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Laptop.jpgThere are a growing number of die-hard Apple fans who have found a neat way to have their cake and eat it too – Inexpensively!

What they do is buy an old PC and then switch the operating system to their beloved Apple platform, a move that has apparently become a good deal easier since Apple now allows Windows to be run on its platform. I don’t fully understand how all that works, but the net result is the customer ends up with an operational Mac for less than 1/2 the price.  

When investors asked some time ago why Apple won’t offer a lower-cost option, Apple president Steve Jobs replied “We don’t know how to make a $500 computer that’s not a piece of junk, and our DNA will not let us ship that.”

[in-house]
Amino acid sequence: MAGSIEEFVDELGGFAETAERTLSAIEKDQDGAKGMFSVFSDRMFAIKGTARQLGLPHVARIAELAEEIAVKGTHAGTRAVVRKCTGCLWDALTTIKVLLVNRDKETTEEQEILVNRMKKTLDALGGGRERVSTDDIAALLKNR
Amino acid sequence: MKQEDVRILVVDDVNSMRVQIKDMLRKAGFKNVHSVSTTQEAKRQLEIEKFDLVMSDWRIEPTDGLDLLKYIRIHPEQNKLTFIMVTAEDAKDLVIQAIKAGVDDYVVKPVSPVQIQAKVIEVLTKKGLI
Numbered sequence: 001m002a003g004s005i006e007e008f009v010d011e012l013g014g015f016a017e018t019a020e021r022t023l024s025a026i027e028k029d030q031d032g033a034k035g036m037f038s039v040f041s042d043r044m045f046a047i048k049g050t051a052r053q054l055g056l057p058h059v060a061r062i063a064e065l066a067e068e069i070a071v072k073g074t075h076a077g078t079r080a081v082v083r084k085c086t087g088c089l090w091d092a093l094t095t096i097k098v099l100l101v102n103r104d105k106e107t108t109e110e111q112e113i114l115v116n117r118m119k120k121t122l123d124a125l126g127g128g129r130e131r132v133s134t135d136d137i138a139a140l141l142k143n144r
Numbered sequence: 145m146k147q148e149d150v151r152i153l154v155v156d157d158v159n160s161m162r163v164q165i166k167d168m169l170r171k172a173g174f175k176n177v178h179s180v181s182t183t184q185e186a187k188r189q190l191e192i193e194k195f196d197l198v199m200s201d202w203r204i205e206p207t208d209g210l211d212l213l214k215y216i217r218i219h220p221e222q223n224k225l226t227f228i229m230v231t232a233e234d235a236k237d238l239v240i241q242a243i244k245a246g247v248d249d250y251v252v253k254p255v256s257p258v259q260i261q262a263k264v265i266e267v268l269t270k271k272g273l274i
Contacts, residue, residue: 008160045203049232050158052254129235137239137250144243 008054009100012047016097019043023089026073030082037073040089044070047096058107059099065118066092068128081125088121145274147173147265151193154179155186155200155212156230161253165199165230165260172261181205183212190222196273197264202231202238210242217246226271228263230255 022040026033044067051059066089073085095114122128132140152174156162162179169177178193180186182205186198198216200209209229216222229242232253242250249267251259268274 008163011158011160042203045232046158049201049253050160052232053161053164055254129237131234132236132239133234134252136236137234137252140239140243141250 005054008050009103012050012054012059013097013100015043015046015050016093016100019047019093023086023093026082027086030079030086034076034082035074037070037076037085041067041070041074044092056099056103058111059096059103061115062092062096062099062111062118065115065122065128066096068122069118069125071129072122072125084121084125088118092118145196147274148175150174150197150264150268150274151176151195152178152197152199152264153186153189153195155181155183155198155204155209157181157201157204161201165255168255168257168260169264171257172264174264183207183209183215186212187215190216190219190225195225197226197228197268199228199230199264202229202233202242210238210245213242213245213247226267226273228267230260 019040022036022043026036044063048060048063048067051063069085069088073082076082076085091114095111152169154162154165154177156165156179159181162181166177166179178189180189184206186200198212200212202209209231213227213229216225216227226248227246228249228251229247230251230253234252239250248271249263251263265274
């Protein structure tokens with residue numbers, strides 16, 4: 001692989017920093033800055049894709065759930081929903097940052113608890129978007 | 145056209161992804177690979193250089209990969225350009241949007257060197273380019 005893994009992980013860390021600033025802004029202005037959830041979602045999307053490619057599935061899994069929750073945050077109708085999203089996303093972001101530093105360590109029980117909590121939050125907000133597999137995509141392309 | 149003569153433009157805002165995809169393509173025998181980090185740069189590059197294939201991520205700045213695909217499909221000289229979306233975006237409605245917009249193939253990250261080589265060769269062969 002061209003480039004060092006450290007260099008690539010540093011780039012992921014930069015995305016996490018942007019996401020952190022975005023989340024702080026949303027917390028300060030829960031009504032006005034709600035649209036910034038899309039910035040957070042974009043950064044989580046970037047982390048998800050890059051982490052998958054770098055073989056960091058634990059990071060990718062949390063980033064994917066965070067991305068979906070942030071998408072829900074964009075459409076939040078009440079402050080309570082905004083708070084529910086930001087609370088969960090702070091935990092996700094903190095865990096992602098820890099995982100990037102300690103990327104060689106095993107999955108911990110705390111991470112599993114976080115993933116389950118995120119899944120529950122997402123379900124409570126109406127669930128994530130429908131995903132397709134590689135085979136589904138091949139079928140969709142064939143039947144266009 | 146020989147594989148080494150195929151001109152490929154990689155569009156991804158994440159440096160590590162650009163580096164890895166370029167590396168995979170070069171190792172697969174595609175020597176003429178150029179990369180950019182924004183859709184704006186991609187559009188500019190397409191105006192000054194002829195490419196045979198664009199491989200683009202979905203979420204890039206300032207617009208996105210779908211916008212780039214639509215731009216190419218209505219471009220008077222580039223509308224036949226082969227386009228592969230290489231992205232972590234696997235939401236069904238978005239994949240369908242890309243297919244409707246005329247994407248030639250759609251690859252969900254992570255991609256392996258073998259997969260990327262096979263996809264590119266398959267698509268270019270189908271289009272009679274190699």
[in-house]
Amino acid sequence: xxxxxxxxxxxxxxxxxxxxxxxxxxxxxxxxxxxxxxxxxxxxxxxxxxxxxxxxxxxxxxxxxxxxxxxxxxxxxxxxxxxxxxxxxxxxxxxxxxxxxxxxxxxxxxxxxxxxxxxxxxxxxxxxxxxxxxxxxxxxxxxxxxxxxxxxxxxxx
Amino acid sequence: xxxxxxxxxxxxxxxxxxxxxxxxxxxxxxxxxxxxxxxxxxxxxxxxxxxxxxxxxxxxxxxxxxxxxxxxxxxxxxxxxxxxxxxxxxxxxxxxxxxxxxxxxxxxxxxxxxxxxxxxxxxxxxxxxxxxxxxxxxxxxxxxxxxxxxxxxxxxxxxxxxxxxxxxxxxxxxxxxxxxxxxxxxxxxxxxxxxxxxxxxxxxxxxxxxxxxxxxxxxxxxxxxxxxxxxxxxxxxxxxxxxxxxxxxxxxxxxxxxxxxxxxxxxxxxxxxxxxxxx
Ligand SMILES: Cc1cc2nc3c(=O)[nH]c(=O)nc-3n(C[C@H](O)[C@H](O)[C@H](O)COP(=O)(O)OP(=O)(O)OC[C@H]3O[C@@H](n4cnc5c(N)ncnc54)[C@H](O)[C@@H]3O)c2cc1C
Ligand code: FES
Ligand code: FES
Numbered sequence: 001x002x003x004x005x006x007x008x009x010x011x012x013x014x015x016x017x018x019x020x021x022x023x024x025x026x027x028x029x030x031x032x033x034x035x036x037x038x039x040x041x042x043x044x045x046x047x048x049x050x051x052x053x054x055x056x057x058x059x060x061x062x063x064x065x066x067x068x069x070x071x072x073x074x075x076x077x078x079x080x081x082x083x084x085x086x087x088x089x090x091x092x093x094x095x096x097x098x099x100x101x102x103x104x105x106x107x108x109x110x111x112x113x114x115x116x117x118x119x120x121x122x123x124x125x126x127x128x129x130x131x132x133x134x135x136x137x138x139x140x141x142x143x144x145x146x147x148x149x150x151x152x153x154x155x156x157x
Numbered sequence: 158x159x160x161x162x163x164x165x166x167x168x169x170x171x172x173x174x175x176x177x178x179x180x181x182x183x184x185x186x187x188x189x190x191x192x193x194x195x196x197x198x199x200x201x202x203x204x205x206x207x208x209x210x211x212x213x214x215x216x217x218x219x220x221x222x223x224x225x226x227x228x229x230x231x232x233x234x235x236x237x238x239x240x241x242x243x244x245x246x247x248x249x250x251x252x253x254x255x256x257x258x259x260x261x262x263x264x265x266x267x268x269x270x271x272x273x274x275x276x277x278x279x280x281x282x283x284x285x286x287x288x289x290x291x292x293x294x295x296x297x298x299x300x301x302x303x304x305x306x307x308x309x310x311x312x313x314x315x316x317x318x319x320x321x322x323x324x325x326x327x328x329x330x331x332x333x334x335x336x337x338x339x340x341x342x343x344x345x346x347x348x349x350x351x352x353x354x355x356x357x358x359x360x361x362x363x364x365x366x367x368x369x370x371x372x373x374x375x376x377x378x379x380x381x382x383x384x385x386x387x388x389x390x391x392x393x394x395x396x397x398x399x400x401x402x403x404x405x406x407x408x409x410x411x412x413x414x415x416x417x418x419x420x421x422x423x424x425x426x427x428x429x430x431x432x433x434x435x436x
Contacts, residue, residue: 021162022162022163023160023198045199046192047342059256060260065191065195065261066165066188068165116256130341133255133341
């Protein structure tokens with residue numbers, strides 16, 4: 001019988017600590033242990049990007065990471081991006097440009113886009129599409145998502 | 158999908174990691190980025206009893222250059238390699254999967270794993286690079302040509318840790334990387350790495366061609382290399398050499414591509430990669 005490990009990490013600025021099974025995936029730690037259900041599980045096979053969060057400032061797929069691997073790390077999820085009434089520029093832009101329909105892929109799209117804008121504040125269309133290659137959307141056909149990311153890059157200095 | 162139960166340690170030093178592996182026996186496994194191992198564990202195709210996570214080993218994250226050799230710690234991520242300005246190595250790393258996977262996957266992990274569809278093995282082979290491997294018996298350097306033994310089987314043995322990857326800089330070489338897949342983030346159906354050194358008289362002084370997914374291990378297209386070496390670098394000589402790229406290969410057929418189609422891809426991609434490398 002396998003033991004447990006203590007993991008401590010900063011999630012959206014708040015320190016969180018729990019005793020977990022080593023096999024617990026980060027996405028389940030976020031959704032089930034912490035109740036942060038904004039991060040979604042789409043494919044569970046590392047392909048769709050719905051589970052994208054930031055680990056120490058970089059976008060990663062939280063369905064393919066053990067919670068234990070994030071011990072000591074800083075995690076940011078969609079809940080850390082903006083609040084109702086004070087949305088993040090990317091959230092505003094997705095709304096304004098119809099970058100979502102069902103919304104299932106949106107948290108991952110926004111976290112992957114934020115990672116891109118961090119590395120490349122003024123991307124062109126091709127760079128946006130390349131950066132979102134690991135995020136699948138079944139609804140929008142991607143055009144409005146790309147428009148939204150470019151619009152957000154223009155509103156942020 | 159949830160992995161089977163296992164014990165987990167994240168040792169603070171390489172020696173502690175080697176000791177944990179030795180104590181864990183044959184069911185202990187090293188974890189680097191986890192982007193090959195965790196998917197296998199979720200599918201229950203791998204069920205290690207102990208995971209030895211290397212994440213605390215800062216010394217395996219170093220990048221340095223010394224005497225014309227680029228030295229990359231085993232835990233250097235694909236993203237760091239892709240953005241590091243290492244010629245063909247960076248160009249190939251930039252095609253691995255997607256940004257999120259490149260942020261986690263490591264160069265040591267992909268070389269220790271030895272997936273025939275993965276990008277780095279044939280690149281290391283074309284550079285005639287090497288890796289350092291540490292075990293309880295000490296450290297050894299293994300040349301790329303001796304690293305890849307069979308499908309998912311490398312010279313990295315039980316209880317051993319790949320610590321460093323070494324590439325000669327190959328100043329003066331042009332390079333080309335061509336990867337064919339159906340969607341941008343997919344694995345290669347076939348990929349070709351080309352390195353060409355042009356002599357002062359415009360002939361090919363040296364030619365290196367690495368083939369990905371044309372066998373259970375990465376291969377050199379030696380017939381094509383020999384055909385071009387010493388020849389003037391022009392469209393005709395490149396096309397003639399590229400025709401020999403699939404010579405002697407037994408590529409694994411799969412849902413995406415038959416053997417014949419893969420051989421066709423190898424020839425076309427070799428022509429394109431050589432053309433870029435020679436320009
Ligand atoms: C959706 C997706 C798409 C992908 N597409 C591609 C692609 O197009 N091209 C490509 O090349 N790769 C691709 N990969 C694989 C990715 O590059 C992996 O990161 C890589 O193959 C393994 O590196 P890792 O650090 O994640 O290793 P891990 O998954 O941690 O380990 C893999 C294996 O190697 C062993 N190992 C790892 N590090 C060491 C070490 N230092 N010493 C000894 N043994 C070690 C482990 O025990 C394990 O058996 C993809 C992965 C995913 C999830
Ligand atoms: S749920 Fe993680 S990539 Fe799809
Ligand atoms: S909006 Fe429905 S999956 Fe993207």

Bravo, Mr. Jobs!

Steve Jobs understands that rather than worry about how to offer something for every market segment, their overall brand value lies in being able to deliver a quality product at a premium price for the right customer segment.  That way the customer can depend on the quality of the brand and of the value of the investment.

Before you try to offer product choices for too many market segments, put a pencil to it. Determine what the cost to your brand for serving new market segments less efficiently than the ones you currently serve could be. You may find that the benefits of supporting a sure thing greatly outweigh gambling on trying to serve everyone. You might be better off putting that investment toward improving your higher-margin products.  When customers ask why you won’t provide a “cheaper” offering, tell them how you and Steve Jobs believe it’s for their own good!

“Diversification is for the ignorant.” – Warren Buffett

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